How-to-be-BothIt is like everything is in layers. Things happen right at the front of the pictures and at the same time they continue happening, both separately and connectedly, behind, and behind that, and again behind that, like you can see, in perspective,for miles. Then there are the separate details, like that man with the duck. They’re all also happening on their own terms. The picture makes you look at both — the close-up happenings and the bigger picture.  (p.53)

This is a novel ( if you can call it so) that is cleanly divided in to two parts. The first part, set in the 1960s, is narrated by George, the conversations she had with her mum especially concerning art and life with her father and at school after her mother passed away. Her mother, Dr Carol Martineau, an economist journalist was not  exactly famous, but was prominent — “she had quite an important job at a think-tank and occasionally published opinion pieces in the Guardian or the Telegraph and sometimes also the American papers in their European editions, and a lot more people knew who she was after it was unveiled in the papers about the guerilla internet stuff.” Of all the whacky things her mother was known to have done, the craziest was the spontaneous trip to Ferrara, Italy she took her two children to. She wanted to show them the frescoes painted by Francesco del Cossa ( 1435-77). The second part of the book is narrated by Francesco, set in Renaissance Italy, describes the life of the artist, apprenticing to his father and later earning his own commissions, most notably the frescoes at Ferrara.

Much of the experience of reading the book depends upon the level of engagement the reader has with the book. Also it does not seem to matter to the quality of experience gained, if you read George’s story first or Francesco del Cossa, either which way it will work. This experimentation with the form and content is much in keeping with Ali Smith’s views on the topic. In a lecture that she delivered at the Edinburgh Writer’s Festival in 2012 – “Style vs Content: How should authors approach the task of writing a novel today?” ( https://www.youtube.com/watch?v=bHOSXziim9A ) she explored the issues about form, style and content and the task of a reader. Ali Smith quotes Jane Austen who wants her readers to be clever. Ali Smith goes on to say that style is important and integral to the art of a novel, but it is not a language. It is derived from the Latin word that means it is a stylus or a writing implement.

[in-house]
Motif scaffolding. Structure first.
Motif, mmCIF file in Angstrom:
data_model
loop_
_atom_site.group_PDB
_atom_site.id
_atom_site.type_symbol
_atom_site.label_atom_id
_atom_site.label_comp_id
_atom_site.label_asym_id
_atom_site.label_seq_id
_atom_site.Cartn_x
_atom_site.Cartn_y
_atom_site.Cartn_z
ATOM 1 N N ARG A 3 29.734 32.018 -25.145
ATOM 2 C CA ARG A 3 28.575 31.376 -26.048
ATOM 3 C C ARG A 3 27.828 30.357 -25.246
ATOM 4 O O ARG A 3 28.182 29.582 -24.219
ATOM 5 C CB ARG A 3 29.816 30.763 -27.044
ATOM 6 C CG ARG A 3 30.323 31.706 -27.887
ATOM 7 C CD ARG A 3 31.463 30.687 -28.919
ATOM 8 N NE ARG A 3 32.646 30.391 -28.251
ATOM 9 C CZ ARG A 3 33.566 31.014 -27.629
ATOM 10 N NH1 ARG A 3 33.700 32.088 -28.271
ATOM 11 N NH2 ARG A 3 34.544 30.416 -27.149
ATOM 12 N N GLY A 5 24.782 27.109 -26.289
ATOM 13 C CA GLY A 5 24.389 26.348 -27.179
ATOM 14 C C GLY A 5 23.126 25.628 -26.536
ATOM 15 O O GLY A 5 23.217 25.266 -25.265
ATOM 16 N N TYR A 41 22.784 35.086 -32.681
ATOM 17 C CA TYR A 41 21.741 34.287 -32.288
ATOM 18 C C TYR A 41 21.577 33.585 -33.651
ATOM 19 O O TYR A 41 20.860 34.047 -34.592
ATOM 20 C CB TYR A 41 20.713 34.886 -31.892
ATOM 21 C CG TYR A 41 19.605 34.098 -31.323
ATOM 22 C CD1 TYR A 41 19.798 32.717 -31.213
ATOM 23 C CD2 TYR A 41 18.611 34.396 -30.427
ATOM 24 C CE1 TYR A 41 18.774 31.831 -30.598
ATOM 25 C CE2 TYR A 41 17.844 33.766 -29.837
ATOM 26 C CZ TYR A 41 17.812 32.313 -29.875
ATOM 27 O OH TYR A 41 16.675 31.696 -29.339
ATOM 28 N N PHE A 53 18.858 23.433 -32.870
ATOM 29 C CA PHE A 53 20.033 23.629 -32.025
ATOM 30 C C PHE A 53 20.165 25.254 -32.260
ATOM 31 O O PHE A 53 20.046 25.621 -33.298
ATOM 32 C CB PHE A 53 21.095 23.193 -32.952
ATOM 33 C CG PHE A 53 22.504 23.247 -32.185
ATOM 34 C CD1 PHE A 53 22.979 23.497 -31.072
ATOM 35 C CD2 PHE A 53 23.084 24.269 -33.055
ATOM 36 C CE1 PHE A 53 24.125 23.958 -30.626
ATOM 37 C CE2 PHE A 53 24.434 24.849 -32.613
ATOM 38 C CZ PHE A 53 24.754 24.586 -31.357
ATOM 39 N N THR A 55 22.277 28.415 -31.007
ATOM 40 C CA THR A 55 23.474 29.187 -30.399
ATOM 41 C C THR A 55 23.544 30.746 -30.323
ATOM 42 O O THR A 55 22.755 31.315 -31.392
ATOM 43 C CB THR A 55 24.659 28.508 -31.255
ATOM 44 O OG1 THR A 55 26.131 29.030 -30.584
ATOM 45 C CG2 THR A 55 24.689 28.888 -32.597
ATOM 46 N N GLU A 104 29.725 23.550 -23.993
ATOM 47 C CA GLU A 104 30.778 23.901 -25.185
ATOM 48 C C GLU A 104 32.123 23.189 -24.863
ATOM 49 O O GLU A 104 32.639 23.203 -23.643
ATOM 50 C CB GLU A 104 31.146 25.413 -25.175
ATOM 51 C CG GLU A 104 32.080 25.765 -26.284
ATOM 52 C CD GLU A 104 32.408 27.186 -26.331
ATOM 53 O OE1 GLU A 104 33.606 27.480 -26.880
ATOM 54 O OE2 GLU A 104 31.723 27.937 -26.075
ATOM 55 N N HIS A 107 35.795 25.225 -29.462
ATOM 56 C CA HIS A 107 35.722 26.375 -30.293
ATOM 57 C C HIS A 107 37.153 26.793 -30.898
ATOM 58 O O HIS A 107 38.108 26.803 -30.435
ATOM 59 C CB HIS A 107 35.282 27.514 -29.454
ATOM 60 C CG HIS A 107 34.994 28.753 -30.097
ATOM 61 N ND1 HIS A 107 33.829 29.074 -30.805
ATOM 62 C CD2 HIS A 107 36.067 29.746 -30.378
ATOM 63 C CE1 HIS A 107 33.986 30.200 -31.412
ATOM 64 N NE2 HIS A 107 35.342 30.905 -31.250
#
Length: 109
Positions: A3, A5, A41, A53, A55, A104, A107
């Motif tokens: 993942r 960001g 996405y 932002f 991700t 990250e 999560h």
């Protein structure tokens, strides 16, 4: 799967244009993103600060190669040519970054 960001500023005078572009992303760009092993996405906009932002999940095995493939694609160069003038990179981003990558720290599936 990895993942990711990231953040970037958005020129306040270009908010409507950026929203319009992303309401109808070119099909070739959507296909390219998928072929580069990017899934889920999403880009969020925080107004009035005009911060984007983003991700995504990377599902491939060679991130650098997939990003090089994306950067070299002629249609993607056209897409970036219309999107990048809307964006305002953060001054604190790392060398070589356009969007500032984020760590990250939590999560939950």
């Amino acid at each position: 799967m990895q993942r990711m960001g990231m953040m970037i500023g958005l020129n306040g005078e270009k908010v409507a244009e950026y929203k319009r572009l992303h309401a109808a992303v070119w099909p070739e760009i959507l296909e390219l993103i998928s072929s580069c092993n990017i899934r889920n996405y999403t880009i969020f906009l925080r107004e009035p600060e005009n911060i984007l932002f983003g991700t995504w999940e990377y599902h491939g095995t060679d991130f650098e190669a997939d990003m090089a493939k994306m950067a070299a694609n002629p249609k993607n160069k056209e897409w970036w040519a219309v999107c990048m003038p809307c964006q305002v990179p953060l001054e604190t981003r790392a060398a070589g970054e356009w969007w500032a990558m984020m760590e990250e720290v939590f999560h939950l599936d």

How to be both has been shortlisted for the Man Booker Prize 2014. It is a well deserved spot in the limelight. If it wins the Booker, remains to be seen. I hope it does!

Ali Smith How to be Both Hamish Hamilton, an imprint of Penguin Books, New Delhi, 2014. Pb. pp. 380 Rs. 599

9 October 2014

 

Ox-Tales, Profile books

Ox-Tales, Profile books

This is a comment I wrote to a friend who asked, “I was looking for a good book of modern short stories – European and or American. preferably written in the last 10 years. could you recommend anything?” There is a set of four anthologies called Ox-Tales, published by Profile Books and Oxfam. It consists of 38 short stories by contemporary writers. I think it is a mixed bag, but sounds very promising. I am itching to read it. It should be available in India soon, if not already. Hachette India is now representing Profile Books Ltd in India. Some of the authors are: Kate Atkinson, Beryl Bainbridge, William Boyd, Jonathan Buckley, Jonathan Coe, Geoff Dyer, Michel Faber, Sebastian Faulks, Helen Fielding, Giles Foden, Esther Freud, Xialou Guo, Mark Haddon, Zoë Heller, Victoria Hislop, A.L. Kennedy, Hari Kunzru, Hanif Kureishi, John le Carré, Marina Lewycka, Alexander McCall Smith, Michael Morpurgo, David Park, DBC Pierre, Ian Rankin, Vikram Seth, Nicholas Shakespeare, Kamila Shamsie, Lionel Shriver, Helen Simpson, Ali Smith, William Sutcliffe, Rose Tremain, Joanna Trollope, Louise Welsh, and Jeanette Winterson.